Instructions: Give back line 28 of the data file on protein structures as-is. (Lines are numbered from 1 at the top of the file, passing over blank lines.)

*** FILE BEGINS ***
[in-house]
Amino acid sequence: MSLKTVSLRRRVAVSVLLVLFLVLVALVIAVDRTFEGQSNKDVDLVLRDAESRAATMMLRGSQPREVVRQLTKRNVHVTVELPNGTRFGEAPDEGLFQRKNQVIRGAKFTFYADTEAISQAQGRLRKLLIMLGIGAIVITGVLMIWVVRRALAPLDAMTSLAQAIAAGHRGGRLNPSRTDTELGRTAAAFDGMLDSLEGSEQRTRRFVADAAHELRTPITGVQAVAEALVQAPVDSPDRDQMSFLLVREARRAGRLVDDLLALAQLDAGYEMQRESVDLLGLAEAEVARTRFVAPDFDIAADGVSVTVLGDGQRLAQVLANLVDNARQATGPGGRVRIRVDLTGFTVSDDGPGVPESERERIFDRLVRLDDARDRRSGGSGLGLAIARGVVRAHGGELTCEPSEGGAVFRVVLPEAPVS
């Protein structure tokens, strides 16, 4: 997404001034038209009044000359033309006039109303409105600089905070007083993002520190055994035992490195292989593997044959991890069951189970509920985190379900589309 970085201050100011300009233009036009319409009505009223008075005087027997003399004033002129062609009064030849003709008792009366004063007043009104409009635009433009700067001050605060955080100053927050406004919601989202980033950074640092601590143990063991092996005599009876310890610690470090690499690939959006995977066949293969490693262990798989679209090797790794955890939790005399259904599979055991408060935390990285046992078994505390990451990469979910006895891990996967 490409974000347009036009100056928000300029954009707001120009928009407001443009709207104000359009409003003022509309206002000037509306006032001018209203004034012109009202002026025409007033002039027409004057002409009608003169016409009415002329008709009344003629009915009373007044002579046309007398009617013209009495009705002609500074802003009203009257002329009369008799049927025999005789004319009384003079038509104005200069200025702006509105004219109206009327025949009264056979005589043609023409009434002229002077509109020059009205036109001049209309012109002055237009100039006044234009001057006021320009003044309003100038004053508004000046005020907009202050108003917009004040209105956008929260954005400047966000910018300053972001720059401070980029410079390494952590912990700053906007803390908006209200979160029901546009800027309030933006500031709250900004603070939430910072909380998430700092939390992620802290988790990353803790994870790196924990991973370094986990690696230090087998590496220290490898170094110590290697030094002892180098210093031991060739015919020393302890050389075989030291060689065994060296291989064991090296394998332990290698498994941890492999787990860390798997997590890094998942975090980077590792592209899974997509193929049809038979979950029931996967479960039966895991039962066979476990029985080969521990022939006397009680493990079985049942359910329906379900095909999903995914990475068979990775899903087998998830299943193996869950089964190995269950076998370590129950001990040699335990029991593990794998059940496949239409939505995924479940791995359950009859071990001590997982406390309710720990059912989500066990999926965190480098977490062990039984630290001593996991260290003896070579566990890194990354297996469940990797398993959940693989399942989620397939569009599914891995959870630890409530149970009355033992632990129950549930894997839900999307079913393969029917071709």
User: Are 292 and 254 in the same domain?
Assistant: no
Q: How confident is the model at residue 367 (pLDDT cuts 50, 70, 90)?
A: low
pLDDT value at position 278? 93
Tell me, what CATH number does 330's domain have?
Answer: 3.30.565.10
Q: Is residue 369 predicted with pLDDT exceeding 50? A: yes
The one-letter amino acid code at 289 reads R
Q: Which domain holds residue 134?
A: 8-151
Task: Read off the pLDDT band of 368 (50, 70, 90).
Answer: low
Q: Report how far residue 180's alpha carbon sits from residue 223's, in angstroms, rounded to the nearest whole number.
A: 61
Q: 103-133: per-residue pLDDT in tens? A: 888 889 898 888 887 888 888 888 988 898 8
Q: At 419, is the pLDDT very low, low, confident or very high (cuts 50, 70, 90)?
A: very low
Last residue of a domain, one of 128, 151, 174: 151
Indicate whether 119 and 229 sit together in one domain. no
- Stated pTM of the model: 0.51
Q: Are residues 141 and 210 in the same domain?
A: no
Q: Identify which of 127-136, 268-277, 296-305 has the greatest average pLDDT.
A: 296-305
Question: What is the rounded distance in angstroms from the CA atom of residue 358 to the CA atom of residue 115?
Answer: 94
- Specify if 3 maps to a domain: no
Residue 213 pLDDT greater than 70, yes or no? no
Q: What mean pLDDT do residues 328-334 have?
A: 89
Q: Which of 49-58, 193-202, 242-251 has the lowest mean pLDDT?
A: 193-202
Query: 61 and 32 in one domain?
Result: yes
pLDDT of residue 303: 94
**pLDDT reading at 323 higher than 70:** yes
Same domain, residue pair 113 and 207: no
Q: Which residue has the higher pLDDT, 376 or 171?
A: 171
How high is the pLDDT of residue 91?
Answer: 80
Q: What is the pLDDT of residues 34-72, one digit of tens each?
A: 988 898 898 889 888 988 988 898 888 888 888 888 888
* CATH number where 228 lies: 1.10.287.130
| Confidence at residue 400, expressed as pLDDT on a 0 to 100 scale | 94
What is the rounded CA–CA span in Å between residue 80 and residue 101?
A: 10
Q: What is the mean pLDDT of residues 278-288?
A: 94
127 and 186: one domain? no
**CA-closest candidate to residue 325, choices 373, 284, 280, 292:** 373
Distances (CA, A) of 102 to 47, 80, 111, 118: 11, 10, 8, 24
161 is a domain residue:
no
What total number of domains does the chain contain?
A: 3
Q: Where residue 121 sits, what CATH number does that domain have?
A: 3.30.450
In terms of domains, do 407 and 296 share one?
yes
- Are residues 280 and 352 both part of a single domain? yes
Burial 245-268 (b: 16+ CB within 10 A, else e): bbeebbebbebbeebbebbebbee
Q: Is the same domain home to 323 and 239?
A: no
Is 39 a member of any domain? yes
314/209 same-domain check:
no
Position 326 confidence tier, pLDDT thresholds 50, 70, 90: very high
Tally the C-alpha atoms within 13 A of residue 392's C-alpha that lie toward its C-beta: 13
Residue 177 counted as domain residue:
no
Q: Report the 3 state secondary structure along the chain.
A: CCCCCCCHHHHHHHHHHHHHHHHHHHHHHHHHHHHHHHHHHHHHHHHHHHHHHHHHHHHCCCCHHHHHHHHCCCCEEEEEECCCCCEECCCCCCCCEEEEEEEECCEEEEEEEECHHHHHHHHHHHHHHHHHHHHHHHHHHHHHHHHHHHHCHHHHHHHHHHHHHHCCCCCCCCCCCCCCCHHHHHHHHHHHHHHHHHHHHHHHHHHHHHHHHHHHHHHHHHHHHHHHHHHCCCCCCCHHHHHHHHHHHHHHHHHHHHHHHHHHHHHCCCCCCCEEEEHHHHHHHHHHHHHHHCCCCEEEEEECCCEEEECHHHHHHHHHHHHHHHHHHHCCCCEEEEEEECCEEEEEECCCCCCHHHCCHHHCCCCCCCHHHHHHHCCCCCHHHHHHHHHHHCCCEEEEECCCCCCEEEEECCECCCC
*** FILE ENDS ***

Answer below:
A: 296-305